However, to pick off the first on the above list: one need not be familiar with the works of Bach, or the modal key of his cantatas and fugues, to appreciate the reason for their inclusion. Whilst Bookslut accuses the author of overloading the reader, I would argue that the additional information comes as a caveat or footnote to explain to the lay reader what this means to the character and is therefore quite important to a fuller understanding. One may counter by saying that he is therefore spoon-feeding the reader. One wouldn't if one had actually read the book! 

In addition, Chabon makes no apologies for the use of the streets and environs of Sitka in The Yiddish Policeman's Union without providing a scale O/S map of the city; nor does Delillo for a similar oversight in Cosmopolis (worryingly, so it would seem, now a film with the versatile ex-vamp R-Patz). Høeg goes to town (pardon the pun) on the streets of Copenhagen, where he was born way back in 1957* with a love that is evident in the way he lingers on the names and places that evoke the place of his birth and no doubt bring back happy childhood memories**. The essential information is present, clearly so, and we understand where Krone is in relation to other key venues and points of action, and although perhaps persiflage to the reader in search of distracting enjoyment, the additional info adds value to the sense of place and indeed time.

I, no more so than any other, understand the lure of a good hook in a book review, but I think Bookslut may have over-reached with the employment of this one. After these two points have been addressed, the others are merely superfluity to draw out a creaking trope.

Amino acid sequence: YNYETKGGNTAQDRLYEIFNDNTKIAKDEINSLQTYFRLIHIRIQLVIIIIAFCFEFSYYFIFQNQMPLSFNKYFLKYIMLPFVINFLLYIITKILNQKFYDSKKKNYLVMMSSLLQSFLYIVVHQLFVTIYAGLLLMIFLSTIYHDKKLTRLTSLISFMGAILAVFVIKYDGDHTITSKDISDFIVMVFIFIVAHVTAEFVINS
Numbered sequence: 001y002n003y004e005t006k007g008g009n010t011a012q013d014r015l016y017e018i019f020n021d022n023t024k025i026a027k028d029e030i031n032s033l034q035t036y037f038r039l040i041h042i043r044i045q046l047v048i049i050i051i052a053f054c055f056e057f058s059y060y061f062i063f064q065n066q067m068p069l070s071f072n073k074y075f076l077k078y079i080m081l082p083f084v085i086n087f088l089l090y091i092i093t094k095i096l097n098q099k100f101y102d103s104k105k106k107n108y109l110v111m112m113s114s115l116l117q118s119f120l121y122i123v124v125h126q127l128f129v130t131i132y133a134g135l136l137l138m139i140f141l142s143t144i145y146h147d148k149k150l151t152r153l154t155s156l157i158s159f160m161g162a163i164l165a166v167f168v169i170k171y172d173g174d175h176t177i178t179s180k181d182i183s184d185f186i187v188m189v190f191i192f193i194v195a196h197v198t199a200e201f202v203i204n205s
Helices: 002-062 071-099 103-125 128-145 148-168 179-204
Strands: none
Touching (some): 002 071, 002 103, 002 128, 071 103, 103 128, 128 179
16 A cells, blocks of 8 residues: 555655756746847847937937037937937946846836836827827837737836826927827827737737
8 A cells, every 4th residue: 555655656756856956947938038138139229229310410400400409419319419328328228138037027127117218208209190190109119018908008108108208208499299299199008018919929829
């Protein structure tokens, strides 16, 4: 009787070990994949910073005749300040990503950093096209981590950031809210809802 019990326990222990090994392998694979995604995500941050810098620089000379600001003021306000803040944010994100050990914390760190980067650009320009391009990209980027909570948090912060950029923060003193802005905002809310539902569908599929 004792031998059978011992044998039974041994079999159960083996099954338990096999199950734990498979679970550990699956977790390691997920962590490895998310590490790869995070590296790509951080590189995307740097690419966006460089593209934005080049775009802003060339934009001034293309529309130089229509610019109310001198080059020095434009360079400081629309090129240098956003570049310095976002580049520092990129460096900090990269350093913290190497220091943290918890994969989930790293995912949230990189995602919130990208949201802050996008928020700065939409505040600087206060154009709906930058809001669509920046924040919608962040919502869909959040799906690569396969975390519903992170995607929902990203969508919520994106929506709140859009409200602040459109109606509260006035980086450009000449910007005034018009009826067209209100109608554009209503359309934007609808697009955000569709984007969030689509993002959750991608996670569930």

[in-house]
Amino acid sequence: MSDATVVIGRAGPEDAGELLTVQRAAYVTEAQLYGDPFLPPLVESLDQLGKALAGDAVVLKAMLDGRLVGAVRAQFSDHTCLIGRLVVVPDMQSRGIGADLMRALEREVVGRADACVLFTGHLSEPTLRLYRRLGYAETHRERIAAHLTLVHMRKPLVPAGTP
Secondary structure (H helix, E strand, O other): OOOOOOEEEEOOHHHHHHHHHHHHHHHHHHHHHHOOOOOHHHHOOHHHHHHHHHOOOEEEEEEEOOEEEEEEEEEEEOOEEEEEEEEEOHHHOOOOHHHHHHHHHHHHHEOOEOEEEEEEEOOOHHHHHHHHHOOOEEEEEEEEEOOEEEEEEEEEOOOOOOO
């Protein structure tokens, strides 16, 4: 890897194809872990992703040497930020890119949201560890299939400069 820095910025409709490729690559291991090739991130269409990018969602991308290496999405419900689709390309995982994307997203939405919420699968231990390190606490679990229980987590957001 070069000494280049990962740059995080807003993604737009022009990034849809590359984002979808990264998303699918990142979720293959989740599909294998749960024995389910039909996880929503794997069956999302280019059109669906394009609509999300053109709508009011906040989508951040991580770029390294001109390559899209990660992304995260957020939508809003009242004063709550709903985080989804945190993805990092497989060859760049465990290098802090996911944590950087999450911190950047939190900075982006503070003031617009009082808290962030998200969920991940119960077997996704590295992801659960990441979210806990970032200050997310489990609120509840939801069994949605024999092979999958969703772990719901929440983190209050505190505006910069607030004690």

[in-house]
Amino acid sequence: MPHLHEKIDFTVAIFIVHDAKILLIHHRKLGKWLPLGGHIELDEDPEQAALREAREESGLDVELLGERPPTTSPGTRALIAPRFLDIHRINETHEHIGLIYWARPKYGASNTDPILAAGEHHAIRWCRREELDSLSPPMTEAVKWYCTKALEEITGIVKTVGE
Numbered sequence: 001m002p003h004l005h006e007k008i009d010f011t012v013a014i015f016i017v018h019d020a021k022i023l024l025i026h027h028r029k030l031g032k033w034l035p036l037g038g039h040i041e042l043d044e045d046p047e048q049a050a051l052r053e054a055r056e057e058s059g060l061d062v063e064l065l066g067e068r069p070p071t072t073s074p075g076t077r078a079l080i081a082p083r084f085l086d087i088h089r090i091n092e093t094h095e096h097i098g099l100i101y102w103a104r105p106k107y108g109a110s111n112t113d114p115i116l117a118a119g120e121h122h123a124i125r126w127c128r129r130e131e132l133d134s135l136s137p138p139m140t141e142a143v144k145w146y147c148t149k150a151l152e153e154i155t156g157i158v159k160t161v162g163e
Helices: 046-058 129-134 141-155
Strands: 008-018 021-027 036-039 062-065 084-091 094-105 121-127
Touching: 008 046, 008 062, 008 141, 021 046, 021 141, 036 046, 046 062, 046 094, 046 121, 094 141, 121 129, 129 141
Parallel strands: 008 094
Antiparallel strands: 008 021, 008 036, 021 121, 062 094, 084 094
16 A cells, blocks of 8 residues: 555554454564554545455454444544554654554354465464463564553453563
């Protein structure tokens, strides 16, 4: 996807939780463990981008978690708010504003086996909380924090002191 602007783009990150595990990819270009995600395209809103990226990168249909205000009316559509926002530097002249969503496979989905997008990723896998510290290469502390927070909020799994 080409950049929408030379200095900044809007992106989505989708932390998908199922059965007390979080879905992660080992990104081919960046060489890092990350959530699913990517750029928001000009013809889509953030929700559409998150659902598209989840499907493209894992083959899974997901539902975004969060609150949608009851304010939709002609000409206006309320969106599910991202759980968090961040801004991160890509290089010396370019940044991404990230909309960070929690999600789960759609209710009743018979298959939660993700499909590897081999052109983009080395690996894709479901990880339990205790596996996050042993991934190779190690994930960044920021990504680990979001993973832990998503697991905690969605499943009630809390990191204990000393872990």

To reaffirm my thorough enjoyment of Bookslut's talents here would not be a bad idea. I think she is a very talented critic, with a mostly positive influence on the way that others read. Here, I think, she may have been slightly overawed to the point of fatigue by the weight of detail. As an apologist for Høeg I would defend this novel, even to the death (of course, not my death). I have since invested in the (nearly) complete works of Bach (as well as Haydn and have also added to my Mozart collection) and even pursued the foolish notion that Kasper Krone may have a real-life doppelganger (not that I can see). This book has inspired me to listen to beautiful music and suspend my disbelief, even in things as crazy as Children of the Corn-type telekinesis. For that I am grateful to the author and would recommend The Quiet Girl to anyone with some time and patience, and an ear for wonderful prose.

BUT - please go read more of Bookslut's reviews and columns. She too is the worth the effort.

Well would you credit it? The lovely author is only a chuffin' Taurean, born a day "after" me! In my book, that makes him a solid gold, stand-up guy with no praise undue. 

** Forgive the projections here. I SAID FORGIVE!